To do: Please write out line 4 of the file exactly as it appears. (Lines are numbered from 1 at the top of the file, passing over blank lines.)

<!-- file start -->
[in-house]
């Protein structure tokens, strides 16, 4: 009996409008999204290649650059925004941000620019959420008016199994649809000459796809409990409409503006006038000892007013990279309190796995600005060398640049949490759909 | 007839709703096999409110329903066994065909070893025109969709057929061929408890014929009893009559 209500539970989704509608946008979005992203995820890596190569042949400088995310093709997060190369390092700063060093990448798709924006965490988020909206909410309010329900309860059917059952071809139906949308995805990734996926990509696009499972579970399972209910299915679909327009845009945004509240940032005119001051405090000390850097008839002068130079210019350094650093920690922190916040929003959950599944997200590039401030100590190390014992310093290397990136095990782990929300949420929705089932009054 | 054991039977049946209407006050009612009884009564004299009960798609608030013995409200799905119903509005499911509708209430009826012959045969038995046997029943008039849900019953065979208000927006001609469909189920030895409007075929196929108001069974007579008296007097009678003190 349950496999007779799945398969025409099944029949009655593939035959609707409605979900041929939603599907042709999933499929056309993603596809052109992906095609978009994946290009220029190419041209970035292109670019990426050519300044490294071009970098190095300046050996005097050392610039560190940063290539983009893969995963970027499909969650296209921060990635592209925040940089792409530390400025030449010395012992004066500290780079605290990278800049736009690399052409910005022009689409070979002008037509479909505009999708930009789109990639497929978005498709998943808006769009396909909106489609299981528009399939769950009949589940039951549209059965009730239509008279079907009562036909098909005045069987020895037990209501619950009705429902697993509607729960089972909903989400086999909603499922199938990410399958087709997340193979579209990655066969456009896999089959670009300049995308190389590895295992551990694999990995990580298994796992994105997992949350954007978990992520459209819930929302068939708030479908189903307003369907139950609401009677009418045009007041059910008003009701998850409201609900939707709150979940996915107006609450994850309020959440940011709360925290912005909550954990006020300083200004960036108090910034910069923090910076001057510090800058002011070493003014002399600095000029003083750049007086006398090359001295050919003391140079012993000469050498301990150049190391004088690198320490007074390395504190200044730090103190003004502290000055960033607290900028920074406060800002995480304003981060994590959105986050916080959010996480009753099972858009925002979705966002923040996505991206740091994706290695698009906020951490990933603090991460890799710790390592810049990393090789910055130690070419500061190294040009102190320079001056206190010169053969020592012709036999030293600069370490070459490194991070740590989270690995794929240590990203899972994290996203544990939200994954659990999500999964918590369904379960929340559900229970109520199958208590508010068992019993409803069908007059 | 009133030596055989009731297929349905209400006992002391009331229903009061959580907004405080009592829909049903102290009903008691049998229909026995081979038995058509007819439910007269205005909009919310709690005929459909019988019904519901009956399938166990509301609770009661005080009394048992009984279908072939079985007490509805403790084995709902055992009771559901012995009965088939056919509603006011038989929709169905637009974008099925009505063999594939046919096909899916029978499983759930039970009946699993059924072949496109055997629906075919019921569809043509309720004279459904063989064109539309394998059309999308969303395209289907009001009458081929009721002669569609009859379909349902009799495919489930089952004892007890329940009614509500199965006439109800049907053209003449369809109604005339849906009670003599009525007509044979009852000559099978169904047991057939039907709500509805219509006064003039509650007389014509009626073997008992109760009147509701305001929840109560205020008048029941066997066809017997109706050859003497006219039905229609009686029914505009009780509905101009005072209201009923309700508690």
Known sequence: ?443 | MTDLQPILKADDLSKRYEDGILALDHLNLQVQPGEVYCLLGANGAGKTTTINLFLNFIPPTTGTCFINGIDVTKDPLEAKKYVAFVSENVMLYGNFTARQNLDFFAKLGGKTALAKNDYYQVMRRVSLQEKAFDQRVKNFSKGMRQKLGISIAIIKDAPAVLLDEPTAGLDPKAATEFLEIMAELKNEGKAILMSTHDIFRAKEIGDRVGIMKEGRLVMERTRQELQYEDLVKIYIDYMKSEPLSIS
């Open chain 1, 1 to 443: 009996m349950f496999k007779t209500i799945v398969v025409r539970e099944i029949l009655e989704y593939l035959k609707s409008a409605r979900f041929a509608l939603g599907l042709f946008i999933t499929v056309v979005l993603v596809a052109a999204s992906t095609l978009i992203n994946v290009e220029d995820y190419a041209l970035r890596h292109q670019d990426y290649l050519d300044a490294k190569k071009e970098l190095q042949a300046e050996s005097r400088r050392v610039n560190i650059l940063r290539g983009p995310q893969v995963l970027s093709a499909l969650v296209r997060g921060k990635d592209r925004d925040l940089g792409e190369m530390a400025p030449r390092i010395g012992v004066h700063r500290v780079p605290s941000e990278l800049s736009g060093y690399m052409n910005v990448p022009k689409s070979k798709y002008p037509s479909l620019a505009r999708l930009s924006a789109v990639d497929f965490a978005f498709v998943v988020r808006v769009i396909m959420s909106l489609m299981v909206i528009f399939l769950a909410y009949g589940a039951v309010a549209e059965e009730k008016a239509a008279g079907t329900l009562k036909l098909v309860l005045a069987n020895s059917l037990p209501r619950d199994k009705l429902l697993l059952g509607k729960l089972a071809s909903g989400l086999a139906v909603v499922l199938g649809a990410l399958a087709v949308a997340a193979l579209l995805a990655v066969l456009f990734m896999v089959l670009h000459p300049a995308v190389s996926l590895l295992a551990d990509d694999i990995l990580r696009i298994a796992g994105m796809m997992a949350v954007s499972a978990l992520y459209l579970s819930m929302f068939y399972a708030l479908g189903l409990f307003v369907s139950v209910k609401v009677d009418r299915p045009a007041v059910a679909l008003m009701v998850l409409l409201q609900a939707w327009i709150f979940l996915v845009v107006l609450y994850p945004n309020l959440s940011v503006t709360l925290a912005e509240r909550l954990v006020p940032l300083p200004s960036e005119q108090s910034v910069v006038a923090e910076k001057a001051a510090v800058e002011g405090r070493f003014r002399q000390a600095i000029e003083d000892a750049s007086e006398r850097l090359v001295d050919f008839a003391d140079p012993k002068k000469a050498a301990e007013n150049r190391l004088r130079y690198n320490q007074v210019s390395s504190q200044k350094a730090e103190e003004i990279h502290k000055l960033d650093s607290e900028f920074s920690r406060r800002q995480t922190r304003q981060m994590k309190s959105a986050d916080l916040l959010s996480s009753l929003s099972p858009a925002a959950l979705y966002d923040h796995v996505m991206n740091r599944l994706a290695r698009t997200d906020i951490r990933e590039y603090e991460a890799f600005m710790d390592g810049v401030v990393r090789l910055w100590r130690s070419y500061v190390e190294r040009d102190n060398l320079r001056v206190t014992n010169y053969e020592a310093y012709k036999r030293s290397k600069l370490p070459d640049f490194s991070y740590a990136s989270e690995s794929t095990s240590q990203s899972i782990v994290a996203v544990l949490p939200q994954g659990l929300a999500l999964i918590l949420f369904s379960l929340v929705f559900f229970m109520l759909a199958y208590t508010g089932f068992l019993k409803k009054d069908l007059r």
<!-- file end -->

């Open chain 1, 1 to 443: 009996m349950f496999k007779t209500i799945v398969v025409r539970e099944i029949l009655e989704y593939l035959k609707s409008a409605r979900f041929a509608l939603g599907l042709f946008i999933t499929v056309v979005l993603v596809a052109a999204s992906t095609l978009i992203n994946v290009e220029d995820y190419a041209l970035r890596h292109q670019d990426y290649l050519d300044a490294k190569k071009e970098l190095q042949a300046e050996s005097r400088r050392v610039n560190i650059l940063r290539g983009p995310q893969v995963l970027s093709a499909l969650v296209r997060g921060k990635d592209r925004d925040l940089g792409e190369m530390a400025p030449r390092i010395g012992v004066h700063r500290v780079p605290s941000e990278l800049s736009g060093y690399m052409n910005v990448p022009k689409s070979k798709y002008p037509s479909l620019a505009r999708l930009s924006a789109v990639d497929f965490a978005f498709v998943v988020r808006v769009i396909m959420s909106l489609m299981v909206i528009f399939l769950a909410y009949g589940a039951v309010a549209e059965e009730k008016a239509a008279g079907t329900l009562k036909l098909v309860l005045a069987n020895s059917l037990p209501r619950d199994k009705l429902l697993l059952g509607k729960l089972a071809s909903g989400l086999a139906v909603v499922l199938g649809a990410l399958a087709v949308a997340a193979l579209l995805a990655v066969l456009f990734m896999v089959l670009h000459p300049a995308v190389s996926l590895l295992a551990d990509d694999i990995l990580r696009i298994a796992g994105m796809m997992a949350v954007s499972a978990l992520y459209l579970s819930m929302f068939y399972a708030l479908g189903l409990f307003v369907s139950v209910k609401v009677d009418r299915p045009a007041v059910a679909l008003m009701v998850l409409l409201q609900a939707w327009i709150f979940l996915v845009v107006l609450y994850p945004n309020l959440s940011v503006t709360l925290a912005e509240r909550l954990v006020p940032l300083p200004s960036e005119q108090s910034v910069v006038a923090e910076k001057a001051a510090v800058e002011g405090r070493f003014r002399q000390a600095i000029e003083d000892a750049s007086e006398r850097l090359v001295d050919f008839a003391d140079p012993k002068k000469a050498a301990e007013n150049r190391l004088r130079y690198n320490q007074v210019s390395s504190q200044k350094a730090e103190e003004i990279h502290k000055l960033d650093s607290e900028f920074s920690r406060r800002q995480t922190r304003q981060m994590k309190s959105a986050d916080l916040l959010s996480s009753l929003s099972p858009a925002a959950l979705y966002d923040h796995v996505m991206n740091r599944l994706a290695r698009t997200d906020i951490r990933e590039y603090e991460a890799f600005m710790d390592g810049v401030v990393r090789l910055w100590r130690s070419y500061v190390e190294r040009d102190n060398l320079r001056v206190t014992n010169y053969e020592a310093y012709k036999r030293s290397k600069l370490p070459d640049f490194s991070y740590a990136s989270e690995s794929t095990s240590q990203s899972i782990v994290a996203v544990l949490p939200q994954g659990l929300a999500l999964i918590l949420f369904s379960l929340v929705f559900f229970m109520l759909a199958y208590t508010g089932f068992l019993k409803k009054d069908l007059r």